Even so, with the White House threatening a veto, House Republican leaders backing the administration and continued opposition from the major commercial broadcast networks, the prospects for the provision approved on Wednesday were unclear.
Rep. David Obey, D-Wis., sponsor of the amendment, cast it as an attempt to keep national corporations from dictating what will be aired on local television stations. He and others complained about prime-time broadcasts of Victoria Secrets models and other programming they said was unsuitable for young children.
"I don't want ownership factors to get in the way of districts like mine from being able to preserve their own cultural attitudes," Obey said.
Supporters of the new FCC rules said they reflected the growing competition that large network broadcasters face from cable and satellite television and the Internet. Blocking those rules won't change the programming, they said.
"It doesn't matter whether they're owned by a guy in that town or a conglomerate," said Rep. Henry Bonilla, R-Texas.
Obey's amendment did not affect other parts of the FCC decision that ended many of the prohibitions against a single company owning newspapers and broadcast stations in the same community.
Prior to approving the amendment, the committee by voice vote killed an effort to broaden it by also blocking the part of the FCC ruling having to do with joint newspaper-broadcast ownership.
The sponsor of that amendment, Rep. Anne Northup, R-Ky., said she wanted to contain the expansion of all media organizations, not just television networks. But Obey said her proposal, if approved, would have spelled the defeat of the entire amendment by increasing the number of groups — and lawmakers — opposed to it.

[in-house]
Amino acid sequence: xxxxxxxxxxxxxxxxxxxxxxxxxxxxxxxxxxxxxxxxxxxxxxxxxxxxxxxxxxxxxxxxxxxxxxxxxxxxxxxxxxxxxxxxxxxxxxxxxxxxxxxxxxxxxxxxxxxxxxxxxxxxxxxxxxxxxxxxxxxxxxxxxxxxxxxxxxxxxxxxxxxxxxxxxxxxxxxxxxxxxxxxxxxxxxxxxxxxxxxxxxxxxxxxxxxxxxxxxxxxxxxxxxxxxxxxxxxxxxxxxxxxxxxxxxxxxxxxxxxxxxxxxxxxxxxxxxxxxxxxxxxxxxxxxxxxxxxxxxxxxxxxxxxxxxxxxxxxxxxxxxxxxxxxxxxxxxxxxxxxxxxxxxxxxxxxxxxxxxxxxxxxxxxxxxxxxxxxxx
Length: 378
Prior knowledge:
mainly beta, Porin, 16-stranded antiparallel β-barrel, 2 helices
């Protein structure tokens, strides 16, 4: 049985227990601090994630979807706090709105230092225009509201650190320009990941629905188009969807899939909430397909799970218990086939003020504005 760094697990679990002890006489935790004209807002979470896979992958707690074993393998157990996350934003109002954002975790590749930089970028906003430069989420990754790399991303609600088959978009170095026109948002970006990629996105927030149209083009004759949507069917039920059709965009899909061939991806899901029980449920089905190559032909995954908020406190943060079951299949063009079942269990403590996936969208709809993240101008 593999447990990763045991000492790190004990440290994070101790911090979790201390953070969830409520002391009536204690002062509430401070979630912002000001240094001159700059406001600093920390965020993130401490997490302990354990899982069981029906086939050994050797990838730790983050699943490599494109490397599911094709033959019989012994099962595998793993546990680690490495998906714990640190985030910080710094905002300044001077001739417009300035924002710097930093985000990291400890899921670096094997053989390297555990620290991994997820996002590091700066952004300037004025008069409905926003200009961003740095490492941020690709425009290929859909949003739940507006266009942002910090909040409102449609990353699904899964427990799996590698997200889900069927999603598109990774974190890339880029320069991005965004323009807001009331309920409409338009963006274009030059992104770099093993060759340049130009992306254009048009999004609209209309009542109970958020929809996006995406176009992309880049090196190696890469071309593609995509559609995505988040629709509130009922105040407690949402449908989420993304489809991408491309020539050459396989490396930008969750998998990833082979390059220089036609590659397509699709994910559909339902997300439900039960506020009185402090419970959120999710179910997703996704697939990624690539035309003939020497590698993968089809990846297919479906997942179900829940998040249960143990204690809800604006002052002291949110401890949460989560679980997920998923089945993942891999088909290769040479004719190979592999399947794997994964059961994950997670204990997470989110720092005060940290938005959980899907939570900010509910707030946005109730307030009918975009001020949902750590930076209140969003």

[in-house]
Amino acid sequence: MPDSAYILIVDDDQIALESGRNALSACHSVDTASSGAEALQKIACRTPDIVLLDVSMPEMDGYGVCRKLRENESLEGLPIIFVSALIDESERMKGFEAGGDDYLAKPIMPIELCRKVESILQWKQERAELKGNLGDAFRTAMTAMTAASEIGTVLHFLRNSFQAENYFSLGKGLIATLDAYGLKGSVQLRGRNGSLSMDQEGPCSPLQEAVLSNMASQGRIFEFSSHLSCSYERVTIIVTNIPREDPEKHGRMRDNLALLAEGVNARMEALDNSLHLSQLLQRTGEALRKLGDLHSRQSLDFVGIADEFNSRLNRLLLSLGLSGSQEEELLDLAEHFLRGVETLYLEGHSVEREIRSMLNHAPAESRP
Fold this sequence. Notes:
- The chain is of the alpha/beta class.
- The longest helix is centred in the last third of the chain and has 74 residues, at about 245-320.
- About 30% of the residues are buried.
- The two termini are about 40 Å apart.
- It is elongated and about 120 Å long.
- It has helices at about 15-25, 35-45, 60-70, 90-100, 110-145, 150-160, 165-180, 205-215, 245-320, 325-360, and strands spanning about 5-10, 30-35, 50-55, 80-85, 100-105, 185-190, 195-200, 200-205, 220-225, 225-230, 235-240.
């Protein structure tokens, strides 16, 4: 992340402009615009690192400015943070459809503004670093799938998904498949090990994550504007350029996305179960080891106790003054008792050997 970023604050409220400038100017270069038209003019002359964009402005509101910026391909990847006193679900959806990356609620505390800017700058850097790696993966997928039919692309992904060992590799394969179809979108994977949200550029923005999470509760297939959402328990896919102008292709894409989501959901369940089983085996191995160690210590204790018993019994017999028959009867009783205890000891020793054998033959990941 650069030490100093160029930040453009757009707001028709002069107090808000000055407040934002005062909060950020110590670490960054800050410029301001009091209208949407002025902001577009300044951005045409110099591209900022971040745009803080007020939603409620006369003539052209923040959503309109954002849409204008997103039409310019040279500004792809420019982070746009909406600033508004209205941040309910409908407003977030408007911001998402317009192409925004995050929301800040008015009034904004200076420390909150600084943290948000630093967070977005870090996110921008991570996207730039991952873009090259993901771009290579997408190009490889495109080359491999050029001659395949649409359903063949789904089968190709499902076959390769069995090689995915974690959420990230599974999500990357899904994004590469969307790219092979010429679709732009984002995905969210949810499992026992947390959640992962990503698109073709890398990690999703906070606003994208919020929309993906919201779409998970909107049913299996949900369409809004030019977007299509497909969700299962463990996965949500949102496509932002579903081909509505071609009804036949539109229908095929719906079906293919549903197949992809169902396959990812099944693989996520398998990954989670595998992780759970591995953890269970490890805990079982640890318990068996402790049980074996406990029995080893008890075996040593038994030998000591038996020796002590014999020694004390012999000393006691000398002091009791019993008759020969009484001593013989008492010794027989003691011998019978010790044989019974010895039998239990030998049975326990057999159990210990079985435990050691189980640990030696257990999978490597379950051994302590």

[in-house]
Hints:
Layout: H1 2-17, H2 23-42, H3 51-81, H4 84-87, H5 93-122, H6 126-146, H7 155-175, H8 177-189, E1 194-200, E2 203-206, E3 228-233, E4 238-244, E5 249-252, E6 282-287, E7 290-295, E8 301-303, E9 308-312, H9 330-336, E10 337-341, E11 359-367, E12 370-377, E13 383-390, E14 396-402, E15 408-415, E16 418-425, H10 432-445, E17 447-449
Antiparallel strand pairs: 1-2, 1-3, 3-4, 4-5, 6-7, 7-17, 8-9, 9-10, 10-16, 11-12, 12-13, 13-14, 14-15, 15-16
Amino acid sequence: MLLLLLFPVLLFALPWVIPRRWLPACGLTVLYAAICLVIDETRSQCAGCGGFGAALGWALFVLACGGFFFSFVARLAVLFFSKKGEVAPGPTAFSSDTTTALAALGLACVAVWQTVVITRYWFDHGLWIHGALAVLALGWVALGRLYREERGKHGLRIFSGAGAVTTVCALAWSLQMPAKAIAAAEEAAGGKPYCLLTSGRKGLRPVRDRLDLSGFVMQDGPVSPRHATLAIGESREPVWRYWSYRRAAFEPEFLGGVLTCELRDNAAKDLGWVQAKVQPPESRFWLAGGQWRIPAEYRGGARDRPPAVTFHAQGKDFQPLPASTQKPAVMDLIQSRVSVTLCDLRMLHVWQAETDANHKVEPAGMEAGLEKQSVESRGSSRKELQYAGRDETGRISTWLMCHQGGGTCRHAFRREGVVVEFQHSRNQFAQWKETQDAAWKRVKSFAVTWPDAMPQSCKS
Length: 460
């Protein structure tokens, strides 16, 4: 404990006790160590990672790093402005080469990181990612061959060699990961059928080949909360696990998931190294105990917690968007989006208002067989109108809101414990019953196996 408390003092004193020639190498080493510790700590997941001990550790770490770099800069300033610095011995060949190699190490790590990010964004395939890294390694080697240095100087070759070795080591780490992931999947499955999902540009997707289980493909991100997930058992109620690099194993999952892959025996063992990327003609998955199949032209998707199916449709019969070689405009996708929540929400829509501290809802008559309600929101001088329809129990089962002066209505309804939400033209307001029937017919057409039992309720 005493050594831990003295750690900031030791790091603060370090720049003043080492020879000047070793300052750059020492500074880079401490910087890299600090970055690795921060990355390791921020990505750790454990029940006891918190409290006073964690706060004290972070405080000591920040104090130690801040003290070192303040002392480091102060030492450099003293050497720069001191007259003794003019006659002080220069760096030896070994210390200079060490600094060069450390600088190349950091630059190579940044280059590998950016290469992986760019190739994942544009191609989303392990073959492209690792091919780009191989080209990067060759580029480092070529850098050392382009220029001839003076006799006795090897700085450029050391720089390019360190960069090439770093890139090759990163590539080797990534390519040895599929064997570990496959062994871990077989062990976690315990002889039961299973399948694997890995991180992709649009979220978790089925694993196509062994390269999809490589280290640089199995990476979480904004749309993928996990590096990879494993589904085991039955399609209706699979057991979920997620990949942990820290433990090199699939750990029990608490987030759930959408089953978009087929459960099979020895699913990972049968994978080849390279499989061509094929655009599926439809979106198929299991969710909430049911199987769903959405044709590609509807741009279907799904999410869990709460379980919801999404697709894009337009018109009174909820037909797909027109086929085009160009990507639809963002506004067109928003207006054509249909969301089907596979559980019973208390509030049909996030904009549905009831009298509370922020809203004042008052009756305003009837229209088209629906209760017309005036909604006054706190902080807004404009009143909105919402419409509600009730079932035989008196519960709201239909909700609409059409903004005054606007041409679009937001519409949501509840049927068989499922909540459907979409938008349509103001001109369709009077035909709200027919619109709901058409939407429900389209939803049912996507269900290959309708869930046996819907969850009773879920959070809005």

NAB Quits Fight on TV Ownership Rules
WASHINGTON (AP) — The National Association of Broadcasters said Thursday it is withdrawing support for legislation that seeks to restore restrictions on how many television stations a company can own.
The influential industry group had lobbied hard to undo a Federal Communications Commission decision that raised a national ownership limit so a company can own TV stations reaching 45 percent of U.S. households instead of 35 percent.
Last month, the Senate Commerce Committee voted for a bill that would overturn that change. The original bill only dealt with the ownership cap, but lawmakers added a variety of amendments.
"We were pushing legislation until such time as it got out of control and became negative for the industry," NAB President Edward Fritts told reporters. "It's pretty much the kitchen sink that was thrown in."
Fritts said the association objects to amendments that would reinstate a ban on the joint ownership of newspapers and broadcast stations in the same city and expand radio ownership restrictions in ways that could force companies to sell stations.
The NAB would prefer a clean bill on the ownership cap, but since that is "politically and legislatively infeasible" the association is withdrawing support for all legislation with that goal, Fritts said.
While the Senate bill was passed by a bipartisan majority on the committee, it faces strong resistance in the House. Without NAB support, the future of the bill and other similar proposals becomes even more uncertain.
The Republican-controlled FCC eased decades-old restrictions on ownership of newspapers and television and radio stations with a 3-2 party-line vote on June 2.
Critics say the new rules will lead to mergers that could ultimately put a few giant companies in control of what most people see, hear and read.
Many media companies said the changes were needed because the old restrictions hindered their ability to grow and compete in a market changed by cable TV, satellite broadcasts and the Internet.
The changes to the national ownership cap divided the broadcasting industry.
The major networks wanted the cap eliminated, while the smaller broadcasters that the NAB represents said a higher cap would allow the networks to gobble up stations and take away local control of programming.
News Corp., owner of Fox, and Viacom Inc., which owns CBS and UPN, benefit from the higher cap because mergers have pushed the media giants above the 35 percent level.
Even without new legislation, legal challenges to the rules are expected from consumer groups seeking stiffer restrictions and media companies wanting even more deregulation.